Imagine two songs with the same musicians and same instruments recorded back to back. In Song 1, the guitarist, keyboardist, and bassist play notes mostly in low registers, producing a lot of low-end energy. In Song 2, they play notes mostly in mid to high registers, producing less low-end energy and more mid- and high-end energy. Not only will the two songs have dissimilar tonal balances, it would be a mistake to make them identical. The same applies to songs in different genres. The image below shows the frequency curves of a folk song (white line) and a rap song (blue line). Notice that the rap song has more energy in the low end and high end, but less in the low mids.

Comparing tonal balance in a folk vs. rap song

Frequency curves of a folk song (white line) vs. rap song (blue line)

A mixing engineer’s definition of tonal balance has to be extremely flexible and context-dependent. Mixing several songs for a single artist can yield intentionally disparate balances. After songs have been mixed, they‘ll usually be passed along to a mastering engineer. Of course, the natural next question is, “What about the mastering engineer’s interpretation of tonal balance?”

The Mastering Engineer’s Perspective of Tonal Balance

By the time a song gets to the mastering stage, it’s often just a two-track stereo mix, though sometimes it will be split out in stereo stems (recorded submixes of the various elements of a song such as drums, bass, guitars, vocals, etc). So, in terms of balance, what is the mastering engineer’s focus?

The first goal is to enhance or reveal what the mixer was trying to establish. Due to a poorly treated control room or hyped monitors, the mix engineer may not have realized that the mix was actually deficient in the low end. The mastering engineer, often equipped with better monitors in a finely-tuned room, may hear this deficiency and correct it with EQ on the stereo mix. He or she tries to maintain the intended balance of the original mix, while making changes that will help it translate better to a variety of playback systems. If a mix’s low-end deficiency goes unresolved, the end listener will likely be disappointed by the lack of bass frequencies. It would be a shame for a mix to only sound right through the original monitors and in the original room in which it was mixed. That’s no good for the rest of the world.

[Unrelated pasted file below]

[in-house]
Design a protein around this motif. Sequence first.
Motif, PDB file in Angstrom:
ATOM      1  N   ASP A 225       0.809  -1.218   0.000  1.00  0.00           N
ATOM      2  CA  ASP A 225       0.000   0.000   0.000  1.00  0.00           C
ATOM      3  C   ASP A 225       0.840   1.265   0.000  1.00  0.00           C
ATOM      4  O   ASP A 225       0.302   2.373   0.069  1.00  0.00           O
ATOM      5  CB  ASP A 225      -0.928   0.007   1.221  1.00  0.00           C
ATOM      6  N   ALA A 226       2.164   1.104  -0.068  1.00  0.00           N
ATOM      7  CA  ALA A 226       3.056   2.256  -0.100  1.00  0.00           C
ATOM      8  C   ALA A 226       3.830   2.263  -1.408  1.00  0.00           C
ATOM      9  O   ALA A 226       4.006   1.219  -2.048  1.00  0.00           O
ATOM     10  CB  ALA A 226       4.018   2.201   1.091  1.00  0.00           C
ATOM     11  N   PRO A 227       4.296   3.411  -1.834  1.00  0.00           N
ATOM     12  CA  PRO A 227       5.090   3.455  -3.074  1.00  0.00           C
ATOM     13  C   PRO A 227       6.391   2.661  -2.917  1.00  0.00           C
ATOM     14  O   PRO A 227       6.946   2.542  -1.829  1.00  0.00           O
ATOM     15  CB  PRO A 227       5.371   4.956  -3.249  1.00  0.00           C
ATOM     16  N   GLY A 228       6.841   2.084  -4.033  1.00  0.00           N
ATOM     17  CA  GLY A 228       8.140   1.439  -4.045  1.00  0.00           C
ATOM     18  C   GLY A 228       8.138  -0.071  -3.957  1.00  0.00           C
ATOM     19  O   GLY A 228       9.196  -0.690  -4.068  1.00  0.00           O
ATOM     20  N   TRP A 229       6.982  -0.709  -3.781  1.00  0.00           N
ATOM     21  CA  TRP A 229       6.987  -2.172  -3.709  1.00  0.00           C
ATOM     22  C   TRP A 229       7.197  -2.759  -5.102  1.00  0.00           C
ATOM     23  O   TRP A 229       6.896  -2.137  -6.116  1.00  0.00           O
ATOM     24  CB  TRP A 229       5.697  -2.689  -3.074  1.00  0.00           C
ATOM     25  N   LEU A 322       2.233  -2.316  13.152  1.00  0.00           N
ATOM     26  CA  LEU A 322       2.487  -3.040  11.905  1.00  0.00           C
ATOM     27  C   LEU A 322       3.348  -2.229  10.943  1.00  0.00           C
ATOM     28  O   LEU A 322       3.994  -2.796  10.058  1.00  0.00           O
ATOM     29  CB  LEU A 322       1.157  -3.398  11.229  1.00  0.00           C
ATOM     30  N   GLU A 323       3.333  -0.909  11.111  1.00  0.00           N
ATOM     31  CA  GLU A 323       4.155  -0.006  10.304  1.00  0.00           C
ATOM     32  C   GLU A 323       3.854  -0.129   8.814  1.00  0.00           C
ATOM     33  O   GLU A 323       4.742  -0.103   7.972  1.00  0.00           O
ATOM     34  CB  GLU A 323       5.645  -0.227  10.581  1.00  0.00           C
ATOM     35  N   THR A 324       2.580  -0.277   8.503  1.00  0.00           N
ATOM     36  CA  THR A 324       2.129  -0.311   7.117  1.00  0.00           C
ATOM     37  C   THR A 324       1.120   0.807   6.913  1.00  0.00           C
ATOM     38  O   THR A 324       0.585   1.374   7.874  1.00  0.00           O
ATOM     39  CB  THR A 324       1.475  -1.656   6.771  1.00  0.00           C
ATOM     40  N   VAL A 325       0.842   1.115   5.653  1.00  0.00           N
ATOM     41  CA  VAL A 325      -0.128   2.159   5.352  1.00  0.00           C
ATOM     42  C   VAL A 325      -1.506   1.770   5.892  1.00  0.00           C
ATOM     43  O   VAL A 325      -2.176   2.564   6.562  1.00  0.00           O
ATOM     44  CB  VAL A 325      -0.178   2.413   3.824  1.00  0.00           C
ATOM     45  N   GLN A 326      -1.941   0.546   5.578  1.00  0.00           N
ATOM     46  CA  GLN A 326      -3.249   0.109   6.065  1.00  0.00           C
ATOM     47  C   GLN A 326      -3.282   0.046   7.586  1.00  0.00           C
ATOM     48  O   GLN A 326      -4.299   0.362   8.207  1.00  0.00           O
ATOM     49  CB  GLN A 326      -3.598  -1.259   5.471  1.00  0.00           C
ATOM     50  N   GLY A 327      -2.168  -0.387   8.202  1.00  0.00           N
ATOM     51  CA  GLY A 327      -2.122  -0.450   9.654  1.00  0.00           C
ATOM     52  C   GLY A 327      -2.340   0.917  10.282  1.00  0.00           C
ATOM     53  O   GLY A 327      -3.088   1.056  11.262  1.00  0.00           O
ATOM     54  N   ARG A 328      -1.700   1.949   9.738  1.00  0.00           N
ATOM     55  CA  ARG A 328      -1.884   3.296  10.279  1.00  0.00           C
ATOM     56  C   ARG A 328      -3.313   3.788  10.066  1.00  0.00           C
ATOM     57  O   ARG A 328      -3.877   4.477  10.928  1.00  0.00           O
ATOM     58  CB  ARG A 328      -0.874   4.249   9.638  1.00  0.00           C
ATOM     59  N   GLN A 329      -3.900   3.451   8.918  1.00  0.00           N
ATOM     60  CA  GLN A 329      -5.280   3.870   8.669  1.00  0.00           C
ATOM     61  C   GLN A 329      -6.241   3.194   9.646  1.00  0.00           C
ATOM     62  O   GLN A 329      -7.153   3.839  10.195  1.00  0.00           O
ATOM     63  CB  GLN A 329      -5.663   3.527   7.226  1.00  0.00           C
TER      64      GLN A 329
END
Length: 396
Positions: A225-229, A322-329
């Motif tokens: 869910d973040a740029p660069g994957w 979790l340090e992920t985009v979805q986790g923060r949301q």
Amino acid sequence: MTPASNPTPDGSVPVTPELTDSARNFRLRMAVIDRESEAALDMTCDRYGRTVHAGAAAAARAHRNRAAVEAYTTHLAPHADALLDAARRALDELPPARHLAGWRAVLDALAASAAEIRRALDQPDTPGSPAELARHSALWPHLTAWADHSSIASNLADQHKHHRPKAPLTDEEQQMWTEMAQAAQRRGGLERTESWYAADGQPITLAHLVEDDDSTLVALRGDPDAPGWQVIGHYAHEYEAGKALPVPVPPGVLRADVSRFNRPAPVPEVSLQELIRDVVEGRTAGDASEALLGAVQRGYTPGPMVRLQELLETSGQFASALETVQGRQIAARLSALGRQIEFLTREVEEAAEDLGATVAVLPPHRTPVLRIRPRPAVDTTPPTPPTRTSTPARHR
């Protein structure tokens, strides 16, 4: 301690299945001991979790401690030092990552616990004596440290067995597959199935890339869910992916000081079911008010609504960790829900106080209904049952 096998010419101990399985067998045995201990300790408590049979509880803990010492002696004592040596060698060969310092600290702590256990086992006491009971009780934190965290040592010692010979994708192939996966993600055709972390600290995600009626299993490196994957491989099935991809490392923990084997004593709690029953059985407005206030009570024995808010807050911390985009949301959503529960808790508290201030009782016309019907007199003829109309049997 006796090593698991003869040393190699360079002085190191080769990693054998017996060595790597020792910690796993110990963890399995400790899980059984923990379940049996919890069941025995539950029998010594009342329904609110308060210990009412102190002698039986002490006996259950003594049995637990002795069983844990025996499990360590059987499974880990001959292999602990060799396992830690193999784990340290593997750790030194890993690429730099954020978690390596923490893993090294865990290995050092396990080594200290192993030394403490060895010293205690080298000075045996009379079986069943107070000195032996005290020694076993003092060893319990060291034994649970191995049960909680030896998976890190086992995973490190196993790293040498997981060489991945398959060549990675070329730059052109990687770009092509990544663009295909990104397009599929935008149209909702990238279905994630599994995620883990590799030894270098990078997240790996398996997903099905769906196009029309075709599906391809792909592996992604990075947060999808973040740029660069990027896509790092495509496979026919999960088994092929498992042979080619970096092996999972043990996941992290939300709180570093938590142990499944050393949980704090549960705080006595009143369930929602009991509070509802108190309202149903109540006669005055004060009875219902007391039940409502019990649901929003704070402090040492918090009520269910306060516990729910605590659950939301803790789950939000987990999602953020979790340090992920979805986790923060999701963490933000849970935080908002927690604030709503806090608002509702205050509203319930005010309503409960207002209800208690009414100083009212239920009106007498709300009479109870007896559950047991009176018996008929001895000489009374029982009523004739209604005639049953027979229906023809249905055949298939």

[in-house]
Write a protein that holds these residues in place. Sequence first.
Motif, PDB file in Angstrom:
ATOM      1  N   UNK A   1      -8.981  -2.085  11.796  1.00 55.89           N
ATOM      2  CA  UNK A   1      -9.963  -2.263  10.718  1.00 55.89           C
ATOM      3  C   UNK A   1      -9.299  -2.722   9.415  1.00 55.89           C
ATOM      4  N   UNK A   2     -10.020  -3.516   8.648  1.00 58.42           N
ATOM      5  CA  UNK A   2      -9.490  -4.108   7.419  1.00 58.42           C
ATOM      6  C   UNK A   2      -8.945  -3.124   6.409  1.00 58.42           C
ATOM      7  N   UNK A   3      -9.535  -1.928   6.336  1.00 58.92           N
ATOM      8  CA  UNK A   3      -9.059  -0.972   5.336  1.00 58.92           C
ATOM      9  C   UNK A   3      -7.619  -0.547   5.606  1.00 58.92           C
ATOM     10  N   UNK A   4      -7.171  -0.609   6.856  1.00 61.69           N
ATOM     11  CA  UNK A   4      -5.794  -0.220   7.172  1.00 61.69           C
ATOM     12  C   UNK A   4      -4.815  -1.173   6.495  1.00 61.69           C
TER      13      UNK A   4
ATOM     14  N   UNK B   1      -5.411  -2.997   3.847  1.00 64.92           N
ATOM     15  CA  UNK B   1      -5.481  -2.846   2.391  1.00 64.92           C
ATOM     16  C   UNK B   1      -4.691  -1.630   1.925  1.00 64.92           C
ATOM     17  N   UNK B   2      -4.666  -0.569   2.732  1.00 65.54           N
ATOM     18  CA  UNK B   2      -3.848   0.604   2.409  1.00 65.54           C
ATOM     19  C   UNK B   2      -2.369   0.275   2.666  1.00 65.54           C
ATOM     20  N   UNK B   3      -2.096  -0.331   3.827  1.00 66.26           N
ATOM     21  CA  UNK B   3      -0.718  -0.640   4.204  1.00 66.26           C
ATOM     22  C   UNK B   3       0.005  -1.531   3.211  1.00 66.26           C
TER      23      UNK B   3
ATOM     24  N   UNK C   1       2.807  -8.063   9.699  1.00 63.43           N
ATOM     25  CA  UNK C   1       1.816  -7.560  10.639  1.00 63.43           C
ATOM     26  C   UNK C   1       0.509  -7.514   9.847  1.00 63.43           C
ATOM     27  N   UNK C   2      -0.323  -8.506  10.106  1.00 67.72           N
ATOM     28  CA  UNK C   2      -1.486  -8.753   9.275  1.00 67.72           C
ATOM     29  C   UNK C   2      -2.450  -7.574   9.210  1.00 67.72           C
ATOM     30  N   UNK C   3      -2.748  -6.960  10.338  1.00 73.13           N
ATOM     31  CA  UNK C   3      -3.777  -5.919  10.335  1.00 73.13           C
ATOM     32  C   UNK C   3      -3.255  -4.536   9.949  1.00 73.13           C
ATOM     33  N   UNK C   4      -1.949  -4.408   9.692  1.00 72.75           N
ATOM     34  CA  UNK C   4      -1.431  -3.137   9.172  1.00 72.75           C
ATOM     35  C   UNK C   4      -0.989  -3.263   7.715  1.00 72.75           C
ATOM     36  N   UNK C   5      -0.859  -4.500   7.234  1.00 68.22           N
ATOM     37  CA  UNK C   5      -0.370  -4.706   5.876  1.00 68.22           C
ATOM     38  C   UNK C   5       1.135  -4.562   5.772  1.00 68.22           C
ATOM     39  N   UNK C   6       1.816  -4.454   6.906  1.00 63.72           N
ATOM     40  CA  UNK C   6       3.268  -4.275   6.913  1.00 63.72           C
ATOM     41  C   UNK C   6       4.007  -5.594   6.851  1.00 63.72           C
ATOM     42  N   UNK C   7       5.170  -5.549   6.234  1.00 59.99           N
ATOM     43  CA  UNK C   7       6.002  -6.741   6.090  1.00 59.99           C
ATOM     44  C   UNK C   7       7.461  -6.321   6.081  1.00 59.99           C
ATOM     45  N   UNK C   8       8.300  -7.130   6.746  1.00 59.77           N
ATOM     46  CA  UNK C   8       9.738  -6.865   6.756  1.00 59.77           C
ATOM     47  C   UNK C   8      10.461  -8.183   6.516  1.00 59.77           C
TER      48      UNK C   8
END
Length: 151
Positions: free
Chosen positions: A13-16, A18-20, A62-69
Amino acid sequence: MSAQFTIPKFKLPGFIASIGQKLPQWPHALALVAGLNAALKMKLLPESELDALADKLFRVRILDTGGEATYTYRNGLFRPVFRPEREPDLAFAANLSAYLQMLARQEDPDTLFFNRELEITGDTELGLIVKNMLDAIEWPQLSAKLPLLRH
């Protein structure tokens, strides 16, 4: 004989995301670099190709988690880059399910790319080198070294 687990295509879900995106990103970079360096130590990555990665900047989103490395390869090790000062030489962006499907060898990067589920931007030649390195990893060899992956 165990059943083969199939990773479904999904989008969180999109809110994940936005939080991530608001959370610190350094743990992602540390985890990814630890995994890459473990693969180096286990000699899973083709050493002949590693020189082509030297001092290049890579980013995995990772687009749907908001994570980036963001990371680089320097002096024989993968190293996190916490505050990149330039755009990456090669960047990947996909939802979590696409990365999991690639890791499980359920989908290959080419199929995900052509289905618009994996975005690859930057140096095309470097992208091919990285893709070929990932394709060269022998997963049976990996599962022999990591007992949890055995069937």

The second goal is to achieve consistency or appropriate differences within and between songs. If 12 songs for an album are sent to a mastering engineer, their order or sequence will be included. Based upon that song order, there will be a natural flow throughout the course of the album. Maybe the first three songs are upbeat and energetic, but the fourth song is downtempo ballad. Considering this, the mastering engineer may use EQ and compression to make the first three songs crisp, punchy, and loud, but make the fourth song a bit quieter and mellower. Within any given song, mastering engineers also try to achieve a natural dynamic flow. You know the old saying, “Don’t bore us, get to the chorus?” Well, wouldn’t it be a big letdown if that all-important chorus just flatlined because of poorly-used dynamics?

The mastering engineer tries to make each song sound its best and make all songs in an album flow. What I say next should not surprise you. Tonal balance for a mastering engineer changes depending on the genre, the artist, and the instrumentation. It makes sense why you can’t use the same EQ and compression settings on every song. The image below shows the frequency curves for two different songs on the same album of a rap artist. In comparing them, notice that there are peaks and dips in different places. That’s not weird; that’s normal.

Comparing tonal balance in rap song 1 vs. 2

Frequency curves of the same artist’s rap song 1 (white line) vs song 2 (blue line)

By now, you should have a better idea of what tonal balance means to others. Hopefully, you're also coming to terms with what it means to you. Never forget your ideal of a balanced sound and never forget that it is subject to change.